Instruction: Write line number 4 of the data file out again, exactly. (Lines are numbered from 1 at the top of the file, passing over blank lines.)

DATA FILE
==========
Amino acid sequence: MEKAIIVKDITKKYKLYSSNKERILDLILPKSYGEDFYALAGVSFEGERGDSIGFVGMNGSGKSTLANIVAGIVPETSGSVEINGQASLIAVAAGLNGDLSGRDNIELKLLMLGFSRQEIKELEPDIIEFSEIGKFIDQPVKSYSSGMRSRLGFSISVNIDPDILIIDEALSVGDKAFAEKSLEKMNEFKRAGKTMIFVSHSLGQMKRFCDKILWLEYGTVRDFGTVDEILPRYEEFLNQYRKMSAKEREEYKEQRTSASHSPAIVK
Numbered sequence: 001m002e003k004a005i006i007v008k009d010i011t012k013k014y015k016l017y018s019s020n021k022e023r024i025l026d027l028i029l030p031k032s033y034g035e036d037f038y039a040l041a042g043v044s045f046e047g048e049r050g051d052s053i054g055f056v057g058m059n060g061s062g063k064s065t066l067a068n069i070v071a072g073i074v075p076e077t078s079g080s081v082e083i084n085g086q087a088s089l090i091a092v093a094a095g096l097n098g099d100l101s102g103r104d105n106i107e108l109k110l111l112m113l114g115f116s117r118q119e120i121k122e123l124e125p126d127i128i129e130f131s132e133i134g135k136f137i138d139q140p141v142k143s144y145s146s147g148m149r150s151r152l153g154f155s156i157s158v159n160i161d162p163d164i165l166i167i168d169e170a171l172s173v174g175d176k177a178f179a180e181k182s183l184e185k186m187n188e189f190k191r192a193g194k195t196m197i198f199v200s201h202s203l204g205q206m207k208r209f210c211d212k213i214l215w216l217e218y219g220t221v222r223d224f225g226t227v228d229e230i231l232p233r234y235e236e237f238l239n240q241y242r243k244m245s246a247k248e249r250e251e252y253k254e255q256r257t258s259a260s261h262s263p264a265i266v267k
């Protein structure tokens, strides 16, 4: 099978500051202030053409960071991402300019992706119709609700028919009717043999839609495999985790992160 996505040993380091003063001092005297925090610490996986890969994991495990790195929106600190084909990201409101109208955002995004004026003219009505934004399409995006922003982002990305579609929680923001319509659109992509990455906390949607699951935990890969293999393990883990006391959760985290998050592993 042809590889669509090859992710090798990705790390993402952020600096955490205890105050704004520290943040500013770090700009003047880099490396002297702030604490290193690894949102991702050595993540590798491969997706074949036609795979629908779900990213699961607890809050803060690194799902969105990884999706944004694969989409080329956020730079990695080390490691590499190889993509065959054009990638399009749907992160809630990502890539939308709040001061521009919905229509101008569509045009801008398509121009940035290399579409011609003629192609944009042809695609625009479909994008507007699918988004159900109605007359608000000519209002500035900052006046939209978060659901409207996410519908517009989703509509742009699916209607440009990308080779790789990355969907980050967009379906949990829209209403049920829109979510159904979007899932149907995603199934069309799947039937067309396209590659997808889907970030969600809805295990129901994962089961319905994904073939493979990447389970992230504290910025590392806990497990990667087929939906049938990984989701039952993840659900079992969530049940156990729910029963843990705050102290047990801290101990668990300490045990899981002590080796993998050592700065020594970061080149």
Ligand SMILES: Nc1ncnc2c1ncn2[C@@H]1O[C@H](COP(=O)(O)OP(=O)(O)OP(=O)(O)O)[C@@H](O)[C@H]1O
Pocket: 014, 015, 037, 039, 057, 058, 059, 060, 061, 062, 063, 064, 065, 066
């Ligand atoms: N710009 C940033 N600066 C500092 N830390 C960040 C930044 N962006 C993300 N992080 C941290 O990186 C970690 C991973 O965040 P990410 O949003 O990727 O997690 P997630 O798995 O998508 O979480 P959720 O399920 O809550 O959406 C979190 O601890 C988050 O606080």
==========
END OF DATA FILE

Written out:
Ligand SMILES: Nc1ncnc2c1ncn2[C@@H]1O[C@H](COP(=O)(O)OP(=O)(O)OP(=O)(O)O)[C@@H](O)[C@H]1O